Before the start of business, Just Security provides a curated summary of up-to-the-minute developments at home and abroad. Here’s today’s news.
Iraq and Syria
The Islamic State has released a video purporting to show the beheading of a second American journalist, Steven Sotloff, only a fortnight after the group released a similar video of journalist James Foley. The group blamed Obama’s “arrogant foreign policy” for the execution [BBC]. National Security Council spokesperson Caitlin Hayden said the intelligence community has confirmed the authenticity of the video [Wall Street Journal’s Matt Bradley].
The U.K. announced that it would not rule out airstrikes against the Islamic State after the group issued a threat against a British hostage during the course of the execution video [Reuters]. Prime Minister David Cameron has called an emergency meeting this morning to decide on the U.K.’s response to the threat to the British captive [The Guardian’s Patrick Wintour et al].
Several lawmakers are calling on the Obama administration to broaden the military campaign against the Islamic State, following the release of the most recent beheading video [The Hill’s Justin Sink and Amie Parnes]. As bipartisan outrage over developments in Iraq and Syria grows, Sen. Bill Nelson said he will introduce legislation to provide President Obama with congressional authority to order airstrikes against the Islamic State in Syria [Politico’s Burgess Everett].
The Telegraph (Raf Sanchez) reports that the video of Steven Sotloff appears to have been found by a U.S. private intelligence firm, SITE, before the Islamic State was planning to release it. Experts are investigating whether the same British-accented militant, dubbed “Jihadi John,” is responsible for the execution of Steven Sotloff and James Foley [Ewen MacAskill, The Guardian]. And a number of international rapporteurs on freedom of expression have urged stronger protection for journalists in conflict situations [UN OHCHR].
Following an “extensive interagency review,” President Obama has authorized the deployment of approximately 350 additional U.S. military personnel to protect diplomatic facilities and personnel in Baghdad [White House; Los Angeles Times’ W. J. Hennigan].
The Pentagon said that the Islamic State remains a threat to the Mosul Dam due to continued counterattacks by the group despite several weeks of U.S. airstrikes [Military Times’ Andrew Tilghman].
Former CIA officer Graham Fuller has told Radikal that U.S. policies in the Middle East helped create the Islamic State.
The Wall Street Journal (Matt Bradley and Ali A. Nabhan) reports that relatives of Iraqi soldiers killed in clashes with Islamist militants have stormed and shut down the parliament in Baghdad, in protest over the government’s failure to account for the dead.
Lebanon’s military has confirmed the identity of one of its soldiers beheaded by Islamist militants [Associated Press].
Police in Bosnia have detained 16 individuals suspected of involvement in terrorism related activities in Syria and Iraq [Reuters].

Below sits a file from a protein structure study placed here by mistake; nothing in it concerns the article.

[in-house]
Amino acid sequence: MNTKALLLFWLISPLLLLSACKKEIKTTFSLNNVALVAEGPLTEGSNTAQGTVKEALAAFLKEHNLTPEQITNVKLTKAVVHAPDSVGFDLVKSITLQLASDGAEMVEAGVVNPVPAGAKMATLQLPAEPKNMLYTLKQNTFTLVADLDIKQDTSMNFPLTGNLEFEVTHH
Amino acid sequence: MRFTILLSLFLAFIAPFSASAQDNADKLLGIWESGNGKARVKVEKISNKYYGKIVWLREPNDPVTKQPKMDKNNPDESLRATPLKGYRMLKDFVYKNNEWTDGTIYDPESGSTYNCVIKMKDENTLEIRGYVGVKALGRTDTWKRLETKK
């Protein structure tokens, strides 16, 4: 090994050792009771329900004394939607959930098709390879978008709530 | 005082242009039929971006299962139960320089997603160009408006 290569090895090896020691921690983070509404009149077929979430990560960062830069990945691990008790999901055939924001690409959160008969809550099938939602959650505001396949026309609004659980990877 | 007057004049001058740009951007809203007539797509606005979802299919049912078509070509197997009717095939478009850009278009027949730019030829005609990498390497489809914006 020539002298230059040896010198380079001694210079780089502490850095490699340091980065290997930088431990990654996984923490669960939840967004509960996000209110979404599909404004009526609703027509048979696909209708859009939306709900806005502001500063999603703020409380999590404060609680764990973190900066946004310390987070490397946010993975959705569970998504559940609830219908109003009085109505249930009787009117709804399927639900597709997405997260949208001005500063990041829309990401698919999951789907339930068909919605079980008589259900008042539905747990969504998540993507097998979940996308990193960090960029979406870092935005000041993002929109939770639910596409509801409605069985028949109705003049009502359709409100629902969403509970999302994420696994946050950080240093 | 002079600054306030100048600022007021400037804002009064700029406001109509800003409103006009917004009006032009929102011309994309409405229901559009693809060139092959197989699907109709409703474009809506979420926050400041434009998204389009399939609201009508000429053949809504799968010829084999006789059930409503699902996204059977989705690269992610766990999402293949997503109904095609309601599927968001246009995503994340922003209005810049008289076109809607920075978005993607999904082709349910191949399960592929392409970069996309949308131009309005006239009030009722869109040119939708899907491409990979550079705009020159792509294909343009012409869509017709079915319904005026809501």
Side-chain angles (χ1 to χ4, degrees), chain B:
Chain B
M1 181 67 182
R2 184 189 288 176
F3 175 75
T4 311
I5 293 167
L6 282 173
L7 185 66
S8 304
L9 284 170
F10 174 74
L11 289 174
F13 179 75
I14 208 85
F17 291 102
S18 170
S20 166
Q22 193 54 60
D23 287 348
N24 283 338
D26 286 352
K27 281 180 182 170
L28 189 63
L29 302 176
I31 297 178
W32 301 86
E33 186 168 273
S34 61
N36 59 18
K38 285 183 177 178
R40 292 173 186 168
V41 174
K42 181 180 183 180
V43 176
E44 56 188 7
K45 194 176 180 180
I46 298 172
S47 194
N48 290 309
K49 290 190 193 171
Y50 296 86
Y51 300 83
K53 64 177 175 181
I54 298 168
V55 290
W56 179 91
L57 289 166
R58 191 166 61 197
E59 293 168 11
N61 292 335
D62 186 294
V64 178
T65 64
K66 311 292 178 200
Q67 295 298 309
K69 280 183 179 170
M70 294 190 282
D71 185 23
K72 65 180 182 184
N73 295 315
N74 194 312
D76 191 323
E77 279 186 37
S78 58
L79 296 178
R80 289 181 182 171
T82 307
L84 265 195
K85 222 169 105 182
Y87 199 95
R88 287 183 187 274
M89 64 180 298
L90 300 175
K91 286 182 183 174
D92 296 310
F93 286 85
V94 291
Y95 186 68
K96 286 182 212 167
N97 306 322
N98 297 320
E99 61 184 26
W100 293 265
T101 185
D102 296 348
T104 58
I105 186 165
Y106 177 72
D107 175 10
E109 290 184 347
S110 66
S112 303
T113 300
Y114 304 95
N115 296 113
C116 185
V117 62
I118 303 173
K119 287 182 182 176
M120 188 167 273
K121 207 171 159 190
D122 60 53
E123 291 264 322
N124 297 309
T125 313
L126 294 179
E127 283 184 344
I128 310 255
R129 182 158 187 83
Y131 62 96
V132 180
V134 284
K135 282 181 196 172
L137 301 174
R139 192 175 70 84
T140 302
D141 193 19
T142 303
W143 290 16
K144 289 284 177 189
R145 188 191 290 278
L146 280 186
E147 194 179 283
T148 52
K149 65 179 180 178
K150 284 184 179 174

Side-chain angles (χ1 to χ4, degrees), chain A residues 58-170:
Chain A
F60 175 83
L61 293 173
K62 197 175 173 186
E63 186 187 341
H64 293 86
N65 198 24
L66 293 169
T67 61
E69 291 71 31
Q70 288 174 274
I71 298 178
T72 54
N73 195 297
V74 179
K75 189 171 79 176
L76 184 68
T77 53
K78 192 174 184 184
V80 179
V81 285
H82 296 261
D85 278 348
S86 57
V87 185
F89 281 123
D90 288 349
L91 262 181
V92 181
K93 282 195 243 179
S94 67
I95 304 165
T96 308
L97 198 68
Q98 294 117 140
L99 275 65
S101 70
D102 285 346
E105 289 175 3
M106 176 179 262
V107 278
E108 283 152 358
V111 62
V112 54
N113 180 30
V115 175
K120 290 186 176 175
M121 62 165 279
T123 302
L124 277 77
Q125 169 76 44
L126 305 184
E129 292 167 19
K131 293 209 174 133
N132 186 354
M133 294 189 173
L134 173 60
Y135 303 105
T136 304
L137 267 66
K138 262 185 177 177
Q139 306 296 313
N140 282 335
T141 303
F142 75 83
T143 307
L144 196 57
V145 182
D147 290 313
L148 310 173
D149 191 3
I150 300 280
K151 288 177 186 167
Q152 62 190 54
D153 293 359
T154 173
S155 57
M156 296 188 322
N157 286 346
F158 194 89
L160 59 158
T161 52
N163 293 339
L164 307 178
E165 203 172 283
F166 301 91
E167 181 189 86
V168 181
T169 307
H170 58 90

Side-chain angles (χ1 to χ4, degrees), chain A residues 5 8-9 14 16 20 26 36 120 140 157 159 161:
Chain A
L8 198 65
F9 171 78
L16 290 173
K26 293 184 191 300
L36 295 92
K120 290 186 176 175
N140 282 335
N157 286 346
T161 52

Christopher Paul and Colin P. Clarke [Washington Post] table a “broad approach” to tackling the Islamic State, suggesting there is “strong evidence in support of the importance of flexibility and adaptability” when tackling insurgency.
Jim Gaines [Reuters] argues that in order to avoid the “unintended consequences” of previous Western interventions in the Middle East, the Obama administration should wait until a strong strategy has been designed.
Jamie Dettmer [The Daily Beast] suggests that the media blackout on captives, enforced by the U.S. and U.K., has a detrimental effect as it gives the terrorists “tremendous propaganda power” when they reveal those they are about to execute.
Russia and Ukraine
Ukrainian President Petro Poroshenko says he has agreed with Russian President Vladimir Putin by phone on a “ceasefire process” for eastern Ukraine. Earlier this morning, Poroshenko’s office reported that a “permanent ceasefire” had been agreed, but this statement was revised after the Kremlin said that Putin had not agreed to a ceasefire on the basis that Russia is not a party to the conflict [BBC].
President Barack Obama pledged his “unbreakable” and “unwavering” commitment to the security of NATO allies, as he visited Estonia in a show of support to Eastern Europe. Obama said the U.S. would deliver more Air Force units and aircraft to the region, amid mounting fears of Russian aggression [Associated Press].
Ahead of NATO’s 65th summit meeting this week, the editorial boards of the New York Times, Wall Street Journal and Washington Post offer their views on how the alliance, and its members, should tackle the crisis in eastern Ukraine.
James Goldgeier [Politico Magazine] covers how NATO “suddenly … has a whole bunch of new reasons for surviving.” In an op-ed for the New York Times, Gary J. Schmitt considers how NATO members could be made to reverse the reductions in military spending. And Politico’s Philip Ewing reports that the outlook for NATO reform at the summit “appears dim,” noting that “[m]ost European nations would love a stouter defense structure—so long as they don’t have to pay for it.”